Recommended Best Practice: Establish a thorough internal review process with multiple checkpoints. This ensures all grants are in line with company policies and equity plans.

Board Approval Process

Initiate the board approval process within Pulley. Achieve consensus among board members. The simplicity of the platform doesn’t diminish the complexities of board dynamics and legal intricacies.

Recommended Best Practice: Prepare comprehensive documentation for board review, including the rationale for each grant. Effective communication with board members is key to smooth approval.

Finalizing the Option Grant

Request electronic signatures from authorized signatories in Pulley. Ensure all documentation is compliant, but also align it with your company’s strategic objectives.

Recommended Best Practice: Ensure all legal and compliance boxes are checked before finalizing the grant. Use electronic signatures to expedite the process while maintaining a secure and verifiable record.

Audit and Record Maintenance

Maintain an audit trail for compliance and future reference. Documentation and tracking in Pulley should be thorough, reflecting an understanding of the broader financial and legal context.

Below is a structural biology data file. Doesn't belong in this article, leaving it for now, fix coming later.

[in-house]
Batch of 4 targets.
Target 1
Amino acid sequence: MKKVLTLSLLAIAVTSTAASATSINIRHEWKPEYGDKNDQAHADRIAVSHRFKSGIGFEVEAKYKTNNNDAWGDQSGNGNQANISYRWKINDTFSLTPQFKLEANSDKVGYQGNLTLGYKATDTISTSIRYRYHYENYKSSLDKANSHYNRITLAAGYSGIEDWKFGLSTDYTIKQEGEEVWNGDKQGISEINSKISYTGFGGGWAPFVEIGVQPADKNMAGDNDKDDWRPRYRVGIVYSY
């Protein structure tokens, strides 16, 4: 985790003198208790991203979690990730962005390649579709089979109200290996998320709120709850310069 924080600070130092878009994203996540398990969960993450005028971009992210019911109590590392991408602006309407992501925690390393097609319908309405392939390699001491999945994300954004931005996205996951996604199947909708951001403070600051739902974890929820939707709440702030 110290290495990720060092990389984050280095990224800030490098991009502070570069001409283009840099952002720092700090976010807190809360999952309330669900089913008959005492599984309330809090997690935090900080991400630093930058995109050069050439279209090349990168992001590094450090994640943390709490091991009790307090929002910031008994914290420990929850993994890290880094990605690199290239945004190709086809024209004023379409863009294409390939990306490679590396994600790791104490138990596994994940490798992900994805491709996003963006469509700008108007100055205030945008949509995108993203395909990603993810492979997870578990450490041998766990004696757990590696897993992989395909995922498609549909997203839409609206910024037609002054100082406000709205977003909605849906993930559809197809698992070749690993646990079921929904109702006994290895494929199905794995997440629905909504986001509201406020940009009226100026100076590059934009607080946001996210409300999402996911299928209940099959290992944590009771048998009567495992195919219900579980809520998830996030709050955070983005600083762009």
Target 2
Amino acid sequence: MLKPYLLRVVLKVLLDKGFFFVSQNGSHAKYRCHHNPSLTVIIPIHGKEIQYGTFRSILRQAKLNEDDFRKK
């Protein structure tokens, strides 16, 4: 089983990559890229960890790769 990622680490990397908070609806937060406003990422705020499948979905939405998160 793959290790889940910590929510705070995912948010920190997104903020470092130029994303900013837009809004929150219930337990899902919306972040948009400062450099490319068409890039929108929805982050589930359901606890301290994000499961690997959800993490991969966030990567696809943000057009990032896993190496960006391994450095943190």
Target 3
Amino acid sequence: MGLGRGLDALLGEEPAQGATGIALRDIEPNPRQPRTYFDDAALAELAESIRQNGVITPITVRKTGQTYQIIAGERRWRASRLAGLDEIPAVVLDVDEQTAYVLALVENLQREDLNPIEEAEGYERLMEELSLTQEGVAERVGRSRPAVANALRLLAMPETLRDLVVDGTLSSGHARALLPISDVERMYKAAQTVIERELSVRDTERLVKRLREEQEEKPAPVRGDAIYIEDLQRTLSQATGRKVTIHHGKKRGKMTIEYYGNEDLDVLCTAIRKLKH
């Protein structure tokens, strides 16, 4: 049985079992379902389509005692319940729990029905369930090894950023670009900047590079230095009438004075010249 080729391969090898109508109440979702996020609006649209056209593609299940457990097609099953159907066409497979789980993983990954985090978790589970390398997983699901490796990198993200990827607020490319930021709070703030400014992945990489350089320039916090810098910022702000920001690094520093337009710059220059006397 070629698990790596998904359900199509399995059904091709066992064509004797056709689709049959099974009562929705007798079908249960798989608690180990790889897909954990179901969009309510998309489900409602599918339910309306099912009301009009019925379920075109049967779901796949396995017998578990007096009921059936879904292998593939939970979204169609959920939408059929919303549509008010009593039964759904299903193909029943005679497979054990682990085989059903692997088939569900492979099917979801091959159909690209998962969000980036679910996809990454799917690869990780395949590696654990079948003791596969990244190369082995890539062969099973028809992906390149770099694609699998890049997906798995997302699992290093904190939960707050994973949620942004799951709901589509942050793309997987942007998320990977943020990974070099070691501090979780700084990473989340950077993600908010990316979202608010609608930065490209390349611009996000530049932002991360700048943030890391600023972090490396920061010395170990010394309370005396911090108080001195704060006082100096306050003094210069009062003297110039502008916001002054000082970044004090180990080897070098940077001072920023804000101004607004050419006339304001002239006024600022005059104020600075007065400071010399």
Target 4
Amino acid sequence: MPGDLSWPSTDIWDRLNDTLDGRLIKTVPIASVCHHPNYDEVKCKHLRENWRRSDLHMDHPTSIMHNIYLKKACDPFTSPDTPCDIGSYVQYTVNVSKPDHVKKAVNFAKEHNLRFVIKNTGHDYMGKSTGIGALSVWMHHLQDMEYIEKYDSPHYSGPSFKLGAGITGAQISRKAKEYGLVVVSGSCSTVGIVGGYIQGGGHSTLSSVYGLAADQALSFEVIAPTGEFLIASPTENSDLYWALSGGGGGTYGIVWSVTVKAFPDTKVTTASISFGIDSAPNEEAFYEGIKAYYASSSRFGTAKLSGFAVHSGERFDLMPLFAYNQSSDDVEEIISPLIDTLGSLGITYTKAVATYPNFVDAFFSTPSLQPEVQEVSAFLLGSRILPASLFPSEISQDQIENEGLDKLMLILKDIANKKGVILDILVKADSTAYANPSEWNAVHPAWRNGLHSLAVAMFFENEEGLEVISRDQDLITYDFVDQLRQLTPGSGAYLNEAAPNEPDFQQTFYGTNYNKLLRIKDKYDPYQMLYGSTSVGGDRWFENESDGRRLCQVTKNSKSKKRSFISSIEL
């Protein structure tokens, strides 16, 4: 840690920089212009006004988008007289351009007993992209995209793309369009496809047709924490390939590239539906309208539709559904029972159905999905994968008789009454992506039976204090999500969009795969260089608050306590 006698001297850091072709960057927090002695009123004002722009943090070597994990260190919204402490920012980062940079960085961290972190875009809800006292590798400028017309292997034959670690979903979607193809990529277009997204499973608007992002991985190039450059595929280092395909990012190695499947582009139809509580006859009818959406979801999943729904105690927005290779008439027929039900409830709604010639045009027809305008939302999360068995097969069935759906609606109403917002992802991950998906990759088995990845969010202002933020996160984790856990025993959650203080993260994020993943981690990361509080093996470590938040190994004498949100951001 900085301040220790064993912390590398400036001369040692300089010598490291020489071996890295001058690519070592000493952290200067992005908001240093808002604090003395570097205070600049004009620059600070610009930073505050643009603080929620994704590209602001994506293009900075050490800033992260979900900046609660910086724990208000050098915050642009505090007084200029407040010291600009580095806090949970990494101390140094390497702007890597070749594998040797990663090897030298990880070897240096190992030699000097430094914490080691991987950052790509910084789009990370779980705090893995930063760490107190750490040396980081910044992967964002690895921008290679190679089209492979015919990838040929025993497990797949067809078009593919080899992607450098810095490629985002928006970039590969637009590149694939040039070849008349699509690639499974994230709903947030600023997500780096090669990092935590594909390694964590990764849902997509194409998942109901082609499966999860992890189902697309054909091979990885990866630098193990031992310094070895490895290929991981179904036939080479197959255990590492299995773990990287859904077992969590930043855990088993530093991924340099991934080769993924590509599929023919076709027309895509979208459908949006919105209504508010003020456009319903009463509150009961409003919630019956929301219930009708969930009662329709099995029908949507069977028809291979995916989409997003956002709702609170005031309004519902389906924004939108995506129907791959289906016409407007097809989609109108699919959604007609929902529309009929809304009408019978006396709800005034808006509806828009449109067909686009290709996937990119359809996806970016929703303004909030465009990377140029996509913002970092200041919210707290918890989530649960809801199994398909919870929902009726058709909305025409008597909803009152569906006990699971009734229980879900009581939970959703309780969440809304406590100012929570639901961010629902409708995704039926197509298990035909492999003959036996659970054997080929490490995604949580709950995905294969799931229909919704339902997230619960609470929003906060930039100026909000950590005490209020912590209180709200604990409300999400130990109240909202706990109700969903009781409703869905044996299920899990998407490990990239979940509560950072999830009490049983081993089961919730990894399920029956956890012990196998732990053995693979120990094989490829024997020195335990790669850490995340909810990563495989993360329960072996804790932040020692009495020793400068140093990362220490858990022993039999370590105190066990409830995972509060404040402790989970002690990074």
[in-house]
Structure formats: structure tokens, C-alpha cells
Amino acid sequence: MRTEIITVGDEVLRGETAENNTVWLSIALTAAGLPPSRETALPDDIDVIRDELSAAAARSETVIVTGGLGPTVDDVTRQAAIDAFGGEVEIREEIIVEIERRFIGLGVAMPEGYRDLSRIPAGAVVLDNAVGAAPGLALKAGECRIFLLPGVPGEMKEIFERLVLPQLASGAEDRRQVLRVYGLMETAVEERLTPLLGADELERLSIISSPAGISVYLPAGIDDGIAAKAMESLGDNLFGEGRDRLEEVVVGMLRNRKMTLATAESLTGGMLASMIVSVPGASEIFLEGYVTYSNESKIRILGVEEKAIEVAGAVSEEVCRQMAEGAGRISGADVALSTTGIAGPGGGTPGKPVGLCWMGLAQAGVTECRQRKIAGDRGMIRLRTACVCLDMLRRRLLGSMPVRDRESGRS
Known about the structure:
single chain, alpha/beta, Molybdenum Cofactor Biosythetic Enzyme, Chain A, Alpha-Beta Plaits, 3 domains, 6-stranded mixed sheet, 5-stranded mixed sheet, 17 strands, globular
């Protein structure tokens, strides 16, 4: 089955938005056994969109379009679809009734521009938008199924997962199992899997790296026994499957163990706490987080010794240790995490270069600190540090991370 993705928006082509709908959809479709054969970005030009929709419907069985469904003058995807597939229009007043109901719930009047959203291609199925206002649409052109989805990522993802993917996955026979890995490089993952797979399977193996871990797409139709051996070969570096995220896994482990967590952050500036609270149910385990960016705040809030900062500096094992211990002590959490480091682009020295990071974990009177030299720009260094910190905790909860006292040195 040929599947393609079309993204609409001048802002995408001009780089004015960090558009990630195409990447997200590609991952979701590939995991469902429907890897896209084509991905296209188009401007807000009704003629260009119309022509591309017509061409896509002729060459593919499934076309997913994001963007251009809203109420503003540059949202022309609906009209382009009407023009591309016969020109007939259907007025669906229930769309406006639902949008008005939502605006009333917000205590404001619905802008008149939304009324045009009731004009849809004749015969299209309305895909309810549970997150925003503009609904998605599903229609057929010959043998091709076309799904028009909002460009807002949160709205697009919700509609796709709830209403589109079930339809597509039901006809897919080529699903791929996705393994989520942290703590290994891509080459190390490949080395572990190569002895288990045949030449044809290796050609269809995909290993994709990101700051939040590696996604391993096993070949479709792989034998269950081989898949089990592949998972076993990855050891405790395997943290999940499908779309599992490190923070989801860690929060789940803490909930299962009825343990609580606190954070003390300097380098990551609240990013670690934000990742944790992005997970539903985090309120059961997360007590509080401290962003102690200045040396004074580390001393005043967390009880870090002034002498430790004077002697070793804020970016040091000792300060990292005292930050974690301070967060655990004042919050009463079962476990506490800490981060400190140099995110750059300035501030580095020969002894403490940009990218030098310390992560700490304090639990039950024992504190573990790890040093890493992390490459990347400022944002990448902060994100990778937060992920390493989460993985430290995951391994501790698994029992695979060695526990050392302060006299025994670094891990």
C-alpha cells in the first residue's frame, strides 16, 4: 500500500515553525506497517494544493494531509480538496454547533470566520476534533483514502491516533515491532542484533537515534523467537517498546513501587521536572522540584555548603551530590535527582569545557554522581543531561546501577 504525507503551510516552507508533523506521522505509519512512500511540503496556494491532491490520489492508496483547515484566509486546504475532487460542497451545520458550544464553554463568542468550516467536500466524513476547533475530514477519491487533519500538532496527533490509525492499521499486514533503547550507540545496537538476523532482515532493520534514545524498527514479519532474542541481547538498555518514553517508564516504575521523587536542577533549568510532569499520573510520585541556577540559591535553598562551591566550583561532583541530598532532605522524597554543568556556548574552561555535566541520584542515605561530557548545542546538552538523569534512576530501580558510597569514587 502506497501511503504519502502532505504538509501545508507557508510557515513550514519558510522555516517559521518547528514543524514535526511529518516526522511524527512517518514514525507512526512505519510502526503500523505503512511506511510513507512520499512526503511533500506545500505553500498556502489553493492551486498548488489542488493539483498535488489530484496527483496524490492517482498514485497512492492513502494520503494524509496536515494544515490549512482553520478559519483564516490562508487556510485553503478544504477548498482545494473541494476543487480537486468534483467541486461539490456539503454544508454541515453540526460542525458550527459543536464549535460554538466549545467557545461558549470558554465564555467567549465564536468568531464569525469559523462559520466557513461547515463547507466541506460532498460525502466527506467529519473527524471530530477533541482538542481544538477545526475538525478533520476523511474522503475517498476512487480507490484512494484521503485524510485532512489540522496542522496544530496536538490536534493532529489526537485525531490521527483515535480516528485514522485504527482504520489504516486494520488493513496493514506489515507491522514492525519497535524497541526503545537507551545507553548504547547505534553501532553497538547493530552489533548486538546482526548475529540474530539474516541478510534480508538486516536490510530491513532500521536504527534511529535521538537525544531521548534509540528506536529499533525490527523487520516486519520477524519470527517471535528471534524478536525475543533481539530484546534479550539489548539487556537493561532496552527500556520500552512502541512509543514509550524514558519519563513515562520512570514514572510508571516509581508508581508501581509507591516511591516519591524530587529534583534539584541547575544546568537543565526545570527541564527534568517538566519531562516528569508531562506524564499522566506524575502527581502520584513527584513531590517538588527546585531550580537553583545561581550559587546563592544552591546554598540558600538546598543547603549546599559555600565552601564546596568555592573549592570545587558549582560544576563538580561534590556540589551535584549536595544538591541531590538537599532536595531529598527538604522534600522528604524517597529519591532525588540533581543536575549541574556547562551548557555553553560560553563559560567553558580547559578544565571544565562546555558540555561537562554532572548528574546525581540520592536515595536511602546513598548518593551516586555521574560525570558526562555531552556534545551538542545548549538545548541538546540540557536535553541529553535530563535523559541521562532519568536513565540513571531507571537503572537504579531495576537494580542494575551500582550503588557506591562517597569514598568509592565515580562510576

Recommended Best Practice: Regularly audit your equity management process and maintain meticulous records. This is crucial for legal compliance, future fundraising rounds, and potential exits.


Pulley streamlines the stock option issuance and board approval processes, enhancing operational efficiency and ensuring compliance. While it's an indispensable tool for founders, it's important to acknowledge that such platforms cannot fully simplify the inherent complexities involved in these processes.

However, there's a silver lining. When provided with an Employee Stock Option Plan (ESOP), Pulley can automatically set up standard terms within its system. This means many of the strategic decisions discussed, including the choice between ISOs and NSOs, can be pre-configured into standard issuances.

This significantly simplifies the process for founders, allowing them to focus more on their company's growth and less on the administrative intricacies of stock options.

Founders are encouraged to embrace tools like Pulley, not just for their ability to streamline administrative tasks, but also for their potential to demystify complex processes, making the journey of growing a startup a little less daunting.

Interested in optimizing your stock option issuance and board approval process? Explore how our platform can streamline your equity management. Let's simplify your journey together

Note: Our content is for general information purposes only. Levy does not provide legal, accounting, or certified expert advice. Consult a lawyer, CPA, or other professional for such services.